High-concentration photo-voltaic systems focus incident sunlight by hundreds of times by combining focusing lenses
with accurate, dual-axis solar tracking. Conventional systems mount large optical arrays on expensive tracking pedestals
to maintain normal incidence throughout the day. A recently proposed micro-optic solar concentrator utilizes a twodimensional
lens array focusing into a planar slab waveguide. Localized mirrors fabricated on the waveguide surface
reflect focused sunlight into guided modes which propagate towards an edge-mounted photovoltaic cell. This geometry
enables a new method of solar tracking by laterally translating the waveguide with respect to the lens array to capture
off-axis illumination. Using short focal length lenses, translations on the order of millimeters can efficiently collect 70°
full-angle incident fields. This allows for either one or two-axis tracking systems where the small physical motion is
contained within the physical footprint of a fixed solar panel. Here, we experimentally demonstrate lateral micro
tracking for off-axis light collection using table-mounted components. We also present a novel tracking frame based on
de-centered cams and describe a lens configuration optimized for off-axis coupling.
Conventional CPV systems focus sunlight directly onto a PV cell, usually through a non-imaging optic to avoid hot
spots. In practice, many systems use a shared tracking platform to mount multiple smaller aperture lenses, each
concentrating light into an associated PV cell. Scaling this approach to the limit would result in a thin sheet-like
geometry. This would be ideal in terms of minimizing the tracking system payload, especially since such thin sheets can
be arranged into louvered strips to minimize wind-force loading. However, simply miniaturizing results in a large
number of individual PV cells, each needed to be packaged, aligned, and electrically connected. Here we describe for the
first time a different optical system approach to solar concentrators, where a thin lens array is combined with a shared
multimode waveguide. The benefits of a thin optical design can therefore be achieved with an optimum spacing of the
PV cells. The guiding structure is geometrically similar to luminescent solar concentrators, however, in micro-optic
waveguide concentrators sunlight is coupled directly into the waveguide without absorption or wavelength conversion.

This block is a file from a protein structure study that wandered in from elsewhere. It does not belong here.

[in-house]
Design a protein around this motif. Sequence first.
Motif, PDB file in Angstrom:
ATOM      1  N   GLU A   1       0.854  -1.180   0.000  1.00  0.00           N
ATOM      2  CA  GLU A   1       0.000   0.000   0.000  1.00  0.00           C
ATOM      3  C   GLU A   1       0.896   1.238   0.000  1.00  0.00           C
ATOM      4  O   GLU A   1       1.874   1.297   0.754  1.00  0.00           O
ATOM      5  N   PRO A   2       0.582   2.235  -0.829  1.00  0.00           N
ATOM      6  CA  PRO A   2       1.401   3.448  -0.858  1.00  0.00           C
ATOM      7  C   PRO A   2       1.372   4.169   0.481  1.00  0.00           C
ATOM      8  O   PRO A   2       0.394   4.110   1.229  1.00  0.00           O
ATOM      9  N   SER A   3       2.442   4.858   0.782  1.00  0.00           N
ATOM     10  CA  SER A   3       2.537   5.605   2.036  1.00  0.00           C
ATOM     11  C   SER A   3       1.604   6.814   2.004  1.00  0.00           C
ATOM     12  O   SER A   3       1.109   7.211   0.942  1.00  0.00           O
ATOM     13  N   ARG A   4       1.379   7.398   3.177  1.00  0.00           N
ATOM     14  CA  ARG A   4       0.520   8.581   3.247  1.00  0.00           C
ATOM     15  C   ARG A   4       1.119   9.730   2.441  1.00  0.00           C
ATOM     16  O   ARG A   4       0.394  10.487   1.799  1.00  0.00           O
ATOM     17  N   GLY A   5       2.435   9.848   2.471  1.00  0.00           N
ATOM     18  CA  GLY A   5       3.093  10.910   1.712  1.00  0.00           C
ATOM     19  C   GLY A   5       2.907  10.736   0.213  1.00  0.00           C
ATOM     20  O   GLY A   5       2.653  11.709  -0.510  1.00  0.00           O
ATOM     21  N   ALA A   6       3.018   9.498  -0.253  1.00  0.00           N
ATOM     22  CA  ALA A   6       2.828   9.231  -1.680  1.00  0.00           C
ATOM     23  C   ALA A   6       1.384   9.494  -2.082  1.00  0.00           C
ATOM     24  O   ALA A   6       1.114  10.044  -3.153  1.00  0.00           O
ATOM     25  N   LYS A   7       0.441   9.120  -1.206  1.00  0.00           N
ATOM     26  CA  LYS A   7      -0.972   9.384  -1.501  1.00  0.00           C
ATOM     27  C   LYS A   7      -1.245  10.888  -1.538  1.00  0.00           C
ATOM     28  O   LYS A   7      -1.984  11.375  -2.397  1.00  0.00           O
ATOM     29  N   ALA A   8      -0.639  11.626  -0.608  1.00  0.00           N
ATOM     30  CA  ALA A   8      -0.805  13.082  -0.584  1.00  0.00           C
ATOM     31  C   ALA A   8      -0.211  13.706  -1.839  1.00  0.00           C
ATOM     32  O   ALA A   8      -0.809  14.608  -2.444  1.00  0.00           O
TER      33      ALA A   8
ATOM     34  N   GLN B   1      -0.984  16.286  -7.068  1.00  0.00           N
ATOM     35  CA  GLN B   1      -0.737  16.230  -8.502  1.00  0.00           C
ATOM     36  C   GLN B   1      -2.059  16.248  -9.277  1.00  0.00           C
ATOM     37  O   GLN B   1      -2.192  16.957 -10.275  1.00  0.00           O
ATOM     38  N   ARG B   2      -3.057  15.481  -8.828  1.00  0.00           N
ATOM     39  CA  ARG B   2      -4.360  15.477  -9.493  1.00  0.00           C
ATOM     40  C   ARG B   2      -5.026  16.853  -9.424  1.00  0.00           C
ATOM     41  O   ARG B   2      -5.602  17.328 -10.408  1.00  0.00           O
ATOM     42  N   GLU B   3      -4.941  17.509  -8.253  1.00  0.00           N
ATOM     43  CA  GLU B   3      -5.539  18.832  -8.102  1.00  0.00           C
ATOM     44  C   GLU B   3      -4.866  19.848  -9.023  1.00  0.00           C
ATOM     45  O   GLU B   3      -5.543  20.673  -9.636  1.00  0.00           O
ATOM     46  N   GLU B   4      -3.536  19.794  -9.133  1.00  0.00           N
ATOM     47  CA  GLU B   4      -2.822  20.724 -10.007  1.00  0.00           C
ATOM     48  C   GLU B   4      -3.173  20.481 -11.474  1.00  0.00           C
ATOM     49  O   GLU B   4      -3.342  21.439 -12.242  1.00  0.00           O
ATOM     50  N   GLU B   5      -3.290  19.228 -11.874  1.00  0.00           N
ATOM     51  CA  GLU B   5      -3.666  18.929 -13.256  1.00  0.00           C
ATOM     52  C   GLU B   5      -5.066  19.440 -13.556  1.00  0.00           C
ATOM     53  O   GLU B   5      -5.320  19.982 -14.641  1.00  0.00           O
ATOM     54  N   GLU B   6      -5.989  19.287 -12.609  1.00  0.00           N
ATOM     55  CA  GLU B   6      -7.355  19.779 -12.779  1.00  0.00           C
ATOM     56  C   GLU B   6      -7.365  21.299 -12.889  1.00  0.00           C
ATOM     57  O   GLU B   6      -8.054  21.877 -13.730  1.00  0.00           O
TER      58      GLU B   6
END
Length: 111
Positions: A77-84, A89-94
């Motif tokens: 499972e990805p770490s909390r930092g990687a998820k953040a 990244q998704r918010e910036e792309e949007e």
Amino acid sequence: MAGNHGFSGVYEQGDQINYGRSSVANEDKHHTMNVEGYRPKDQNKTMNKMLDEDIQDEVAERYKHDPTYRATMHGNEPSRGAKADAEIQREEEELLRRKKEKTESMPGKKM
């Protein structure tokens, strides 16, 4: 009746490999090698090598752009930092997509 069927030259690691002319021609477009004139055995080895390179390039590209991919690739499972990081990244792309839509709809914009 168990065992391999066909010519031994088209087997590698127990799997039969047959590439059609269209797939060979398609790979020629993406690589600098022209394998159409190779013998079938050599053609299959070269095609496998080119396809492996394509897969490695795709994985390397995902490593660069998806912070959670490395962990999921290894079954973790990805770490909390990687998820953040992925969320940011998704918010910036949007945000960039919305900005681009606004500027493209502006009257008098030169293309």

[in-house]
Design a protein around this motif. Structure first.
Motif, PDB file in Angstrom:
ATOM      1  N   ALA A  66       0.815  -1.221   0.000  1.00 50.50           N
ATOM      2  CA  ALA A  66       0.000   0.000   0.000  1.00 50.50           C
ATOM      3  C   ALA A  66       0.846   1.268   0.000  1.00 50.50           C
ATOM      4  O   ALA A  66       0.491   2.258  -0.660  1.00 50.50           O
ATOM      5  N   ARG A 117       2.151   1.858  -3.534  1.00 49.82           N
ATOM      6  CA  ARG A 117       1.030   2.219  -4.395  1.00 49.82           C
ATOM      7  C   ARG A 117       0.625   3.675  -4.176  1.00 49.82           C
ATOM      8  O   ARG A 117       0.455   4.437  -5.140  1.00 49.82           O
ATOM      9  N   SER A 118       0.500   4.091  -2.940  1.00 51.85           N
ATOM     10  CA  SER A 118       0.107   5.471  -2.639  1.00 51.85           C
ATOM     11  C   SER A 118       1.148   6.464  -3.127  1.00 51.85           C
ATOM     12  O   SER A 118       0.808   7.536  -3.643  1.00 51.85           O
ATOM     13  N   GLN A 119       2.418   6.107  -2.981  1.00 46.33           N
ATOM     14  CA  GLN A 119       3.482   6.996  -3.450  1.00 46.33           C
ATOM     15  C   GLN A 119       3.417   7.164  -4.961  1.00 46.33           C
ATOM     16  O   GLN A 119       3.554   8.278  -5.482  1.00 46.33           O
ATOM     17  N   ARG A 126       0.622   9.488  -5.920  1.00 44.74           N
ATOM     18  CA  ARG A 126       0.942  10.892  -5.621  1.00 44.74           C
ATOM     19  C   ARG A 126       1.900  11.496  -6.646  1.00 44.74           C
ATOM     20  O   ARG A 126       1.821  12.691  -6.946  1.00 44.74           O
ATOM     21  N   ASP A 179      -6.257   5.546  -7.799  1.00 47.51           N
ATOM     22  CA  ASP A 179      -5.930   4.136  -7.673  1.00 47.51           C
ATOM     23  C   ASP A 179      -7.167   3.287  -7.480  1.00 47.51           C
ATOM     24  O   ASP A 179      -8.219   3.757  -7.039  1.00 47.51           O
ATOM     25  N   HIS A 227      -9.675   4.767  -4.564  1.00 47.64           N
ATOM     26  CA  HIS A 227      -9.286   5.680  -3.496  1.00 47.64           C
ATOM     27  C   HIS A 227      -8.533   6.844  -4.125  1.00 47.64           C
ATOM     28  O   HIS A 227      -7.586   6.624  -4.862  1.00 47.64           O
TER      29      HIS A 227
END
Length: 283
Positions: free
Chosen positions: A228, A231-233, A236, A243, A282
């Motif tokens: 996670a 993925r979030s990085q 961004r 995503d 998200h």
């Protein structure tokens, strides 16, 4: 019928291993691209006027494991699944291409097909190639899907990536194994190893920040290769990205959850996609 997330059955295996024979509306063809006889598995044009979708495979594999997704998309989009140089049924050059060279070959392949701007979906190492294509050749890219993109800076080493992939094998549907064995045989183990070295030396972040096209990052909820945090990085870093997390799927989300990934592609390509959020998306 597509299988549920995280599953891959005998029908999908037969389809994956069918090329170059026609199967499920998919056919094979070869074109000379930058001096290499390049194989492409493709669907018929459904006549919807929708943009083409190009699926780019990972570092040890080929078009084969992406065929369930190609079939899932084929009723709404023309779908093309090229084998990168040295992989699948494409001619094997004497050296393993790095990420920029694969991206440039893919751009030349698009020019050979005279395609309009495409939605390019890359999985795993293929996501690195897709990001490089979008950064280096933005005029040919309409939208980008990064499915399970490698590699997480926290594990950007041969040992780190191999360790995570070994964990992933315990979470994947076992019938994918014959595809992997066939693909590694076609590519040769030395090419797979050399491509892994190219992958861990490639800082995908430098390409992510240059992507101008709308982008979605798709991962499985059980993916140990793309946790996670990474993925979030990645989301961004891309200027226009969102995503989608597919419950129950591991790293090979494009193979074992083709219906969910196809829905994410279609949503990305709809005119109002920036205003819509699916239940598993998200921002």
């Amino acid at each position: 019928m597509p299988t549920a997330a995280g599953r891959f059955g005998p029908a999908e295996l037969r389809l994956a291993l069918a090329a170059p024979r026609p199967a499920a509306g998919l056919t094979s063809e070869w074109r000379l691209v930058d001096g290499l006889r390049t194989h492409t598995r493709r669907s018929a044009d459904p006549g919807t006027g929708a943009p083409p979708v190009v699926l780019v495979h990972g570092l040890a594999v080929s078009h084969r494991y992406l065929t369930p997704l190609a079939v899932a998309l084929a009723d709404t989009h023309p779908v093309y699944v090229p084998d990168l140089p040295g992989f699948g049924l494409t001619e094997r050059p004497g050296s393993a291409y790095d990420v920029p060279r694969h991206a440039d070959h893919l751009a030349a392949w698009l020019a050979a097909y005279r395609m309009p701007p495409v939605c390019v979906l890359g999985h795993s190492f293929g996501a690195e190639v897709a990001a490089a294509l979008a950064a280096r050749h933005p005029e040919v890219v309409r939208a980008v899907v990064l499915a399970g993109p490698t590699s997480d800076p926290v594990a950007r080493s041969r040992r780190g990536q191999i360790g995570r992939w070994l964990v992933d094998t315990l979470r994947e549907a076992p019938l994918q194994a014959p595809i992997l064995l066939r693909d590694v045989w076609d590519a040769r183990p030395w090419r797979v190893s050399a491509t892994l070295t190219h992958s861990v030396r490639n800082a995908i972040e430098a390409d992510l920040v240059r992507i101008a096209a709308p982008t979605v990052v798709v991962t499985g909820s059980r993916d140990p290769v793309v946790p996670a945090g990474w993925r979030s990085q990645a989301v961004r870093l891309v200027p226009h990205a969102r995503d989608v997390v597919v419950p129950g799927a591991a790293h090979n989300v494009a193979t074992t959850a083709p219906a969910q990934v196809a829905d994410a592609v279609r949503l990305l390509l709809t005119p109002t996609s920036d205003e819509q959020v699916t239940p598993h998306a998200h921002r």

This opens a new design space for high-efficiency CPV systems with the potential for cost reduction in both optics and
tracking mechanics. In this paper, we provide optical design and preliminary experimental results of one implementation
specifically intended to be compatible with large-scale roll processing. Here the waveguide is a uniform glass sheet, held
between the lens array and a corresponding array of micro-mirrors self-aligned to each lens focus during fabrication.
Significant efficiency increases in photovoltaic power conversion are due to improved absorption over the broad
spectrum of the sun. Semiconductors have an efficiency peak at a specific wavelength associated with the material
band gap. The current trend towards high-efficiency photovoltaics involves multi-junction cells where several
semiconductors are grown on top of one another creating a layered device with a broad spectral response.
Fabrication is a difficult and expensive process that results in small area solar cells. An alternative approach uses
dielectric mirrors to optically separate the incident light by reflecting one spectral band while transmitting another.
Spectral splitting is simulated within a 10x non-imaging concentrator. The optical system may be concatenated into
large arrays and incorporates two separated ray paths exiting at a common plane. Optimized photovoltaic cells can
be interleaved on a single circuit board, improving packaging and thermal management compared to orthogonal
arrangements. The entire concentrator can be molded from glass or acrylic and requires a dichroic coating as the
only reflector. Average collection efficiencies above 84% are realized within 40°x16° angular acceptance.